Asian Glossy Starling
The Asian Glossy Starling (Aplonis panayensis), also known as the Philippine Glossy Starling, is a bird in the Sturnidae or starling family. Both male and female birds have metallic, dark green feathers that can look black or purple. The eyes are bright red. Immature birds have an underside that is striped black and white, and upper feathers that are brownish-black. The bird is a medium sized, about 20 cm long. They have slim bodies and narrow wings, which help their flight, usually at tree-top level, to be swift and direct. The Starling family is considered one of the noisiest families of birds. The Asian Glossy Starling has a call like a short whistle when perched, and ringing or piping call when in flight. Like other birds in the Sturnidae family, they can mimic other sounds.
These birds are community oriented, and congregate in groups of around 20. The flock will roost in a tree together, feed together, and fly together. Before landing in a roosting tree, the flock will perform an intricate dance over the tree, flying in symmetrical patterns. The birds set up their nests near the rest of the flock, and brood all year long, mostly from March to June. They build nests in sheltered, elevated places, such as holes in trees or under eaves of man-made structures. Nests vary in intricacy from a little grass added to a hole, to detailed nests made from grass and paper. The female lays three dark blue eggs with brown spots.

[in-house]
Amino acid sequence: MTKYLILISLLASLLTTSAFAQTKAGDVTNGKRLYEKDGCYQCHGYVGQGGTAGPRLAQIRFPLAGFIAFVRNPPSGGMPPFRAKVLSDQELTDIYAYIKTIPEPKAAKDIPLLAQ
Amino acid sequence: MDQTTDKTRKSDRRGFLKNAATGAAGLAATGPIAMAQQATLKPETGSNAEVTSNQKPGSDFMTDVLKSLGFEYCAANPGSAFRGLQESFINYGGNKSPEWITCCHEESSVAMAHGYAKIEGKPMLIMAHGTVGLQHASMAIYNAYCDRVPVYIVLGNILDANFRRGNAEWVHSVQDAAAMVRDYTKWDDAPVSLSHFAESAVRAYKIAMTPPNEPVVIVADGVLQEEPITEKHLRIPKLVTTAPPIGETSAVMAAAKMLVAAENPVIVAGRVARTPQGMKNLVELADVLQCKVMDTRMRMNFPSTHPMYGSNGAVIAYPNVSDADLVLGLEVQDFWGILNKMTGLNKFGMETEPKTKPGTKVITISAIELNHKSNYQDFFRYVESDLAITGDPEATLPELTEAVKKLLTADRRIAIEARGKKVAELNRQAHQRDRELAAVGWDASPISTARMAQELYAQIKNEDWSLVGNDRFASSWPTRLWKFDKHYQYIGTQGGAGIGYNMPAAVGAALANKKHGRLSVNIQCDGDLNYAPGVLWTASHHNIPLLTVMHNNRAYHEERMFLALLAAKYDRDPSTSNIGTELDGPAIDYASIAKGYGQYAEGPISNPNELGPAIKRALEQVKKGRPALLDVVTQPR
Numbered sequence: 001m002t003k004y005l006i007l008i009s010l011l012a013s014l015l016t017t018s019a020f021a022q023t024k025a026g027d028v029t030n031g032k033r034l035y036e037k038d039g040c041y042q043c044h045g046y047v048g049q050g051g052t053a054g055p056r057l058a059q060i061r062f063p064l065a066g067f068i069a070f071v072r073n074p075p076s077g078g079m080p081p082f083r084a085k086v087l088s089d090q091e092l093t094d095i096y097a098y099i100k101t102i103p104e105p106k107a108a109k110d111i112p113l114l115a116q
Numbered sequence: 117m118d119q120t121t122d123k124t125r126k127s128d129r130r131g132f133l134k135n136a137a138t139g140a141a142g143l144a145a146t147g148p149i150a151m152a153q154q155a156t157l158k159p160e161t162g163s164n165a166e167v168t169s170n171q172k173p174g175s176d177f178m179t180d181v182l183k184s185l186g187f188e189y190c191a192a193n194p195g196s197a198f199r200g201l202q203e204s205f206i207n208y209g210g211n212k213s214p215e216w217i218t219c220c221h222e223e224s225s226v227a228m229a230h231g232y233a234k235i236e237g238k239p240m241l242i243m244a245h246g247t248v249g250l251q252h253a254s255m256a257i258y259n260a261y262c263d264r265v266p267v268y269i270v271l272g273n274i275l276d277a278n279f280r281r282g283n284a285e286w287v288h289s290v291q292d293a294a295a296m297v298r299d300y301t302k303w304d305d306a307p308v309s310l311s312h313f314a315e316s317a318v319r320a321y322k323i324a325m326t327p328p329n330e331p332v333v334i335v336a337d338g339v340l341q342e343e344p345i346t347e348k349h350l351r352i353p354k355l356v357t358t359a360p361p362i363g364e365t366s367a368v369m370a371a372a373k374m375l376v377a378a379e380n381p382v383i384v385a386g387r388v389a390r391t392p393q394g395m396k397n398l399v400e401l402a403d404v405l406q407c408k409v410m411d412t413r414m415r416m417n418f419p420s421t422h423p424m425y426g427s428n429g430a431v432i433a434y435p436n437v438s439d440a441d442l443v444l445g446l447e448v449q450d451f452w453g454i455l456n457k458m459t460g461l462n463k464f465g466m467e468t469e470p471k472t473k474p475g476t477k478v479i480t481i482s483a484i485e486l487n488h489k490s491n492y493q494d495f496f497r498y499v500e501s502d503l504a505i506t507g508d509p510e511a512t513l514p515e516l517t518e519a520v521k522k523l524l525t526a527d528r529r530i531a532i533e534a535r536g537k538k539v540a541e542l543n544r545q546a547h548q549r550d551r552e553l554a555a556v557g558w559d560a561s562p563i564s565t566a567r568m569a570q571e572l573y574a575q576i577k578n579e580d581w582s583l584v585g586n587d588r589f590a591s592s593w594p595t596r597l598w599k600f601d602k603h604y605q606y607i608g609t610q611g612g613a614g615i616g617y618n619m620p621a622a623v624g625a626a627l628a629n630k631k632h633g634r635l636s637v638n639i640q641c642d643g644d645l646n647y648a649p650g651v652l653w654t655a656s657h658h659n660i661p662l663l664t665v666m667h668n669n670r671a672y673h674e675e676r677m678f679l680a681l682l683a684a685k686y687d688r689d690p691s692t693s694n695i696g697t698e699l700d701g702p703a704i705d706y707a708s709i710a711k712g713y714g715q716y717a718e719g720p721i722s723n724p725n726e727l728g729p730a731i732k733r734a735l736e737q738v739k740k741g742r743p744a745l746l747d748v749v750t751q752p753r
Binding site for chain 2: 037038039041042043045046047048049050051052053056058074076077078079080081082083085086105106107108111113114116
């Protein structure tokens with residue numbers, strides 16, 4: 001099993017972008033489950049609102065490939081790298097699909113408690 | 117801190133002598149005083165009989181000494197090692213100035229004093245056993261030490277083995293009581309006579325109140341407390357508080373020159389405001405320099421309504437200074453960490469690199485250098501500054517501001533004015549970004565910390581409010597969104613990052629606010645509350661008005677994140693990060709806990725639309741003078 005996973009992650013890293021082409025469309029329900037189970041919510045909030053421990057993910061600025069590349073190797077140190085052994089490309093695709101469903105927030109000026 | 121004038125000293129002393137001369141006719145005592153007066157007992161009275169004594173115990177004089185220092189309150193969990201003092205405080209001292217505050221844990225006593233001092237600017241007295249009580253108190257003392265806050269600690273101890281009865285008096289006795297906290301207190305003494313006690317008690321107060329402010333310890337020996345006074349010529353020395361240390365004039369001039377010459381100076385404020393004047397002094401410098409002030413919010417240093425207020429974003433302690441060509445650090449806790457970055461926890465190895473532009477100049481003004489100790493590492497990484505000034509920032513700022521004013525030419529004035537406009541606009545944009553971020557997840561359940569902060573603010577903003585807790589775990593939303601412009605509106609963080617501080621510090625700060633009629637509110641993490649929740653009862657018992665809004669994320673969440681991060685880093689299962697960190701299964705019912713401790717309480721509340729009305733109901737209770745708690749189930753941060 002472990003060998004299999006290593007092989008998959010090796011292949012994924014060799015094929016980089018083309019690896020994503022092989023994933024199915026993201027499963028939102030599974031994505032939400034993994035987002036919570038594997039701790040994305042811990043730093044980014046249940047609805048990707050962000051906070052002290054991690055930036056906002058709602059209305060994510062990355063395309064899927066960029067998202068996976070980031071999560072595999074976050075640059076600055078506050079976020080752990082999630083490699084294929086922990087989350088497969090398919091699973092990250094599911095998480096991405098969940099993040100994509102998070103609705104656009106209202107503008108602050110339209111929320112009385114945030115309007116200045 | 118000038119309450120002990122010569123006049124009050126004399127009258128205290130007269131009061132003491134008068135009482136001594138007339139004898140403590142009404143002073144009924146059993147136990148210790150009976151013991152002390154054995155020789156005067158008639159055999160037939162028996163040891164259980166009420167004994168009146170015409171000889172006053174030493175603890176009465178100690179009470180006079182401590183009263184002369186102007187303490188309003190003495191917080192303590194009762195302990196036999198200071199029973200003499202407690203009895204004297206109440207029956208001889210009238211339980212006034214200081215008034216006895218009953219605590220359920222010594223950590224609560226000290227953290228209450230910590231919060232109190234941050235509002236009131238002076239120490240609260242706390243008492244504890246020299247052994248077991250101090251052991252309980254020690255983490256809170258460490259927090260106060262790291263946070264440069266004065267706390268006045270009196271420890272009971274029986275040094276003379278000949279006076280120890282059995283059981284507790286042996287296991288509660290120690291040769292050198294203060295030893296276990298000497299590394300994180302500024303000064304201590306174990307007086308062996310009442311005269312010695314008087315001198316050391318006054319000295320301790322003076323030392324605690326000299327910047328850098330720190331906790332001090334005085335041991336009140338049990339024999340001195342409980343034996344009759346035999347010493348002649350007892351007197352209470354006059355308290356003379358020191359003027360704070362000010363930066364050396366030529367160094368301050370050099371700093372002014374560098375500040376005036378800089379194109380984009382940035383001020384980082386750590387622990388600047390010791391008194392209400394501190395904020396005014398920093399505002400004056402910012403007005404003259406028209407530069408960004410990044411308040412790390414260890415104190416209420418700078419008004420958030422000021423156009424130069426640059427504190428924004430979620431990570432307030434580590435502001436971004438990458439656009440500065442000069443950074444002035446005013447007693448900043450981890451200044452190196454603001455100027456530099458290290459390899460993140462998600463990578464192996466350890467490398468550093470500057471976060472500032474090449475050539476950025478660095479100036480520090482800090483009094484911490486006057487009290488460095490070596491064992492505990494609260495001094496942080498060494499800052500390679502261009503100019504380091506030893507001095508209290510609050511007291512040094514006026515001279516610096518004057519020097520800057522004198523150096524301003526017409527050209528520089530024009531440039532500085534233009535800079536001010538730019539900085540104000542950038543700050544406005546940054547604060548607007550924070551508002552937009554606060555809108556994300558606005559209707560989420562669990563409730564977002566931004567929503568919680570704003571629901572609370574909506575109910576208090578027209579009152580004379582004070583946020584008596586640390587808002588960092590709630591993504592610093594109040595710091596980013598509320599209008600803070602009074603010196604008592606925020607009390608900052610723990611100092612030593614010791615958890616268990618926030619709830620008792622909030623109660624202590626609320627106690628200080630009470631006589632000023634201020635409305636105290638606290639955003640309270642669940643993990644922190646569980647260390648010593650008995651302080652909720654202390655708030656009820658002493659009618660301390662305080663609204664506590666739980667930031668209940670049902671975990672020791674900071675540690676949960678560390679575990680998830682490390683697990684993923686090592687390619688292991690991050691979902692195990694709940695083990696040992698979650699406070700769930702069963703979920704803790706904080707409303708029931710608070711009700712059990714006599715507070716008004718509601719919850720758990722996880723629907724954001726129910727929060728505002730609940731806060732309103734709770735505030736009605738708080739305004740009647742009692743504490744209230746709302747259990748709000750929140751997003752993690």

Their diet consists predominantly of soft fruits, such as mango, papaya, and banana, as well as berries, figs, and insects. They prefer perching in trees, and rarely land on the ground. Only fallen fruit tempt them to the ground, and then they hop awkwardly.
The Asian Glossy Starling lives in India, Thailand, the Philippines, Indonesia, and the surrounding countries. The preferred habitat of this bird is tropical or subtropical moist lowland or mangrove forests. These birds do not migrate. A large population of the Asian Glossy Starling lives in cities, making nests in abandoned buildings and trees. This species has a endangered species status of least concern, as it has adapted well to human development. On fruit plantations, it is even thought of as an invasive bird.
Picture of the Asian glossy starling by Dr Yap Lip Kee, licensed under Creative Commons Attribution-Share Alike 2.0 Generic license.
The Asian Glossy Starling is classified as Least Concern. Does not qualify for a more at risk category. Widespread and abundant taxa are included in this category.